We're back, and we mean business

05Jul 2018
Fumbuka Ng'wanakilala
DAR ES SALAAM
Financial Times
We're back, and we mean business

IN August 2006, the Financial Times suspended publication of Tanzania's leading weekly business newspaper until further notice. Almost 12 years later, the new-look Financial Times is being officially relaunched today - bigger and better than ever.

The Financial Times is being revived at a time when the media industry, not only in Tanzania but across the globe, is facing a number of heavy challenges. 

The business environment is fraught with uncertainty, but while this is not a desirable situation, it is well to remember that some of the world’s greatest businesses were launched during such challenging times.

It’s no secret that over the past decade, Tanzania as a nation has seen some very significant social and economic changes. But then again, the more things appear to change, the more they stay the same. 

The current challenges in the business environment and the national economy in general should serve to remind us all about the importance of having vibrant financial and business journalism in Tanzania. 

Cutting-edge journalism and in-depth reporting and analyses on business and the economy are still largely lacking in this country. And the Financial Times has returned in a timely manner to bridge this gap.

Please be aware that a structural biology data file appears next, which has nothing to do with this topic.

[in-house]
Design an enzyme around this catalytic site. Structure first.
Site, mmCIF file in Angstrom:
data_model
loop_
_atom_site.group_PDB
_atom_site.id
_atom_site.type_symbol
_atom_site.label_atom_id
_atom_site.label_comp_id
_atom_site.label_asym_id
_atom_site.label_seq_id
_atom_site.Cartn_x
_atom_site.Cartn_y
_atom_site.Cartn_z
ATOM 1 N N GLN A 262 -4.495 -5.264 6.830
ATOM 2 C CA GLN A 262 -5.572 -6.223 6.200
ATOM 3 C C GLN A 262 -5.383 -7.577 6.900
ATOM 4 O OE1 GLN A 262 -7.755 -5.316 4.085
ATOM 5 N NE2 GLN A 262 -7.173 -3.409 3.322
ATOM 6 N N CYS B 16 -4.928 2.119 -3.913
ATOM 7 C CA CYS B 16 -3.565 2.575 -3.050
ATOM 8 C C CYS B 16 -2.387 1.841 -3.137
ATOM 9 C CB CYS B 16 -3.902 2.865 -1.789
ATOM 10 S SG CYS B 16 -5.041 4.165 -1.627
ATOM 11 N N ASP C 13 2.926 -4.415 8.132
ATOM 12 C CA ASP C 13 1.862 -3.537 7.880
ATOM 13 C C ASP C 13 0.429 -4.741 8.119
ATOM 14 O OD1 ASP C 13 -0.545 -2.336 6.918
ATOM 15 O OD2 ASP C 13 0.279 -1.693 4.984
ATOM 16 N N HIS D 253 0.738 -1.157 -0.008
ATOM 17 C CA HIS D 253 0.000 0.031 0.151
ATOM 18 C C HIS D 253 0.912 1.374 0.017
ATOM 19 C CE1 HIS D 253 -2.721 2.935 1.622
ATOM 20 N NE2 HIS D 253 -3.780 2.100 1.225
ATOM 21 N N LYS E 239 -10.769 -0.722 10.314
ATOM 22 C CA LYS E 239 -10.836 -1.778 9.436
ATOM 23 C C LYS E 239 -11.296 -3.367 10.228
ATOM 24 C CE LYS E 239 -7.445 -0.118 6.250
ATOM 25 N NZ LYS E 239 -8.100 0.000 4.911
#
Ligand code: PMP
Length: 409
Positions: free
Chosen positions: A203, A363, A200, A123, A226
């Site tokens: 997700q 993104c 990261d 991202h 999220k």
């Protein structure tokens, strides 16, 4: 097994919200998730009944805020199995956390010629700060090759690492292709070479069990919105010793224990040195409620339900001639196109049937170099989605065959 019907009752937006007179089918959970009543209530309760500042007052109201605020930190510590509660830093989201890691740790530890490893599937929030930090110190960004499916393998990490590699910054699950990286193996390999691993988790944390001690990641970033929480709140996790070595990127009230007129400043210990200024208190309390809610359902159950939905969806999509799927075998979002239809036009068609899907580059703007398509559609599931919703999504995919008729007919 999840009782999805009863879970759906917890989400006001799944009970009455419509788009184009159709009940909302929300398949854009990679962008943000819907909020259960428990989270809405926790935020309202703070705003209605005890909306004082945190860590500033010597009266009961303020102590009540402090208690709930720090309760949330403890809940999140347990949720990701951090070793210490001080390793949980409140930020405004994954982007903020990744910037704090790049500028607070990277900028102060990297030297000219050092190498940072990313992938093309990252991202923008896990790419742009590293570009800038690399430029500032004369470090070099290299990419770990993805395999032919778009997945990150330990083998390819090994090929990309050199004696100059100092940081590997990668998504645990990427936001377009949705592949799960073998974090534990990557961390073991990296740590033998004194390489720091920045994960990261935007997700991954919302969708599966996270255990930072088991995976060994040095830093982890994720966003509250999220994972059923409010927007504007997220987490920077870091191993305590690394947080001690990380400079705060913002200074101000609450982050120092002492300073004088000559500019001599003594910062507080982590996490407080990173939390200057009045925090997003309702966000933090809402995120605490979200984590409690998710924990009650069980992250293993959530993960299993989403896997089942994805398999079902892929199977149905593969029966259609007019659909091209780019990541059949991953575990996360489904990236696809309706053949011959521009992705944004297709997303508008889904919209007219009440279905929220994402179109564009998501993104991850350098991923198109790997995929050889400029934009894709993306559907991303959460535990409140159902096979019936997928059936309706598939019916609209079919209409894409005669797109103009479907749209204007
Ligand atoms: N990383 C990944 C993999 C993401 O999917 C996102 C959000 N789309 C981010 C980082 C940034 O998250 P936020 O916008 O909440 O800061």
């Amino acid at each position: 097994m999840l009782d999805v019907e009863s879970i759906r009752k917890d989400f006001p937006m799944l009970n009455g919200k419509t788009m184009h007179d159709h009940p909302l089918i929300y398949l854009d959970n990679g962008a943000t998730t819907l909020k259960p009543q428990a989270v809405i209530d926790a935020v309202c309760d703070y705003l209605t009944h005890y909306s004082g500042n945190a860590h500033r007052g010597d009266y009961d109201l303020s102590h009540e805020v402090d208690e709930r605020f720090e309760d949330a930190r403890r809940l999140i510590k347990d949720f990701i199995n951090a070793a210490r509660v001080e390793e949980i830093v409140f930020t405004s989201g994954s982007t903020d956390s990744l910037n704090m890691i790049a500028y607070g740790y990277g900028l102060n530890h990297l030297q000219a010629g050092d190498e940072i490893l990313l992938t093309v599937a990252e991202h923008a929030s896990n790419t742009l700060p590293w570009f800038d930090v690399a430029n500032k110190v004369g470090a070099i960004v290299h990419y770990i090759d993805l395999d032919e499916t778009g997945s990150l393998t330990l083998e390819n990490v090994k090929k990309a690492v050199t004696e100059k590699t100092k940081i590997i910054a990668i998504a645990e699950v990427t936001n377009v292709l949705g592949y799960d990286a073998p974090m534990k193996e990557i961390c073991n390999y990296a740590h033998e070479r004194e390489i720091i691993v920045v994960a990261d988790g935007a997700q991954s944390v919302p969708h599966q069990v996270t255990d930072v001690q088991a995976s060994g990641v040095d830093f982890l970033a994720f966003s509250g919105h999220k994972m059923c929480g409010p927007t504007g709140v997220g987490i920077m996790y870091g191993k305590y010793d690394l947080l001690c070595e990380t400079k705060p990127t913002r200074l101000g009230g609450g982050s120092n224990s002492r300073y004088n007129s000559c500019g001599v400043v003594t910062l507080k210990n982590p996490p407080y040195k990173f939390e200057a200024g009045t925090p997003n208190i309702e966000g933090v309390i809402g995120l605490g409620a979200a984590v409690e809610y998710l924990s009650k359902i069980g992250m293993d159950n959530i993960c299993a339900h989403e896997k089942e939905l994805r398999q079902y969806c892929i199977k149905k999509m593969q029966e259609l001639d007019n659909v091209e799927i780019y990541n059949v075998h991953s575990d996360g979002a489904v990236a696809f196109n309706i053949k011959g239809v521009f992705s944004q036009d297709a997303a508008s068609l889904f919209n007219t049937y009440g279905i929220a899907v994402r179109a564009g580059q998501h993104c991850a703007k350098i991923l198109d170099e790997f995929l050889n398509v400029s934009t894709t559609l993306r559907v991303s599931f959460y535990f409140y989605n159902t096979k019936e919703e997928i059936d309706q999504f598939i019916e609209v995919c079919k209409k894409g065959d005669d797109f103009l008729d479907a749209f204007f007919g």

As Tanzania moves to industrialise its economy, the Financial Times will support the government and private sector in this endeavour to the hilt. We will cut through the jargon and complexity of economic policy, and strive to help our readers understand how various issues, events and processes can impact their livelihoods, businesses and the economy at large, both positively and negatively. 

In those past years, the Financial Times built itself a robust reputation for the reliability of its financial and business news. We will endeavour to build on that strong foundation by delivering insightful news, features, analyses and expert commentary on those issues, events and processes - both local and global - that shape the Tanzanian business environment and economy.

While striving to help our readers see and understand the Big Picture, we will also focus on the little things that make the big ideas happen. Every piece of the jigsaw is vital as Tanzania embarks on its journey to become a middle-income country.

Our newspaper will cover - on a weekly basis - a wide range of topics of both national and international importance, including (but not restricted to) construction, real estate, information technology and innovation, financial services, insurance, transport, mining, telecoms, construction, agriculture and tourism sectors.

The Financial Times will, therefore, offer an unrivaled platform for advertisers to enhance their brand awareness and move products and services to their niche target audiences. 

We will enable you to reach confident, informed consumers and decision-makers who are ready to buy, and by that we mean company CEOs, directors, managers, entrepreneurs, policy makers in government, politics and civil society, members of the diplomatic corps, academia, and other key influencers. 

The Financial Times is back and raring to go, because financial matters do matter. 

 

 

 

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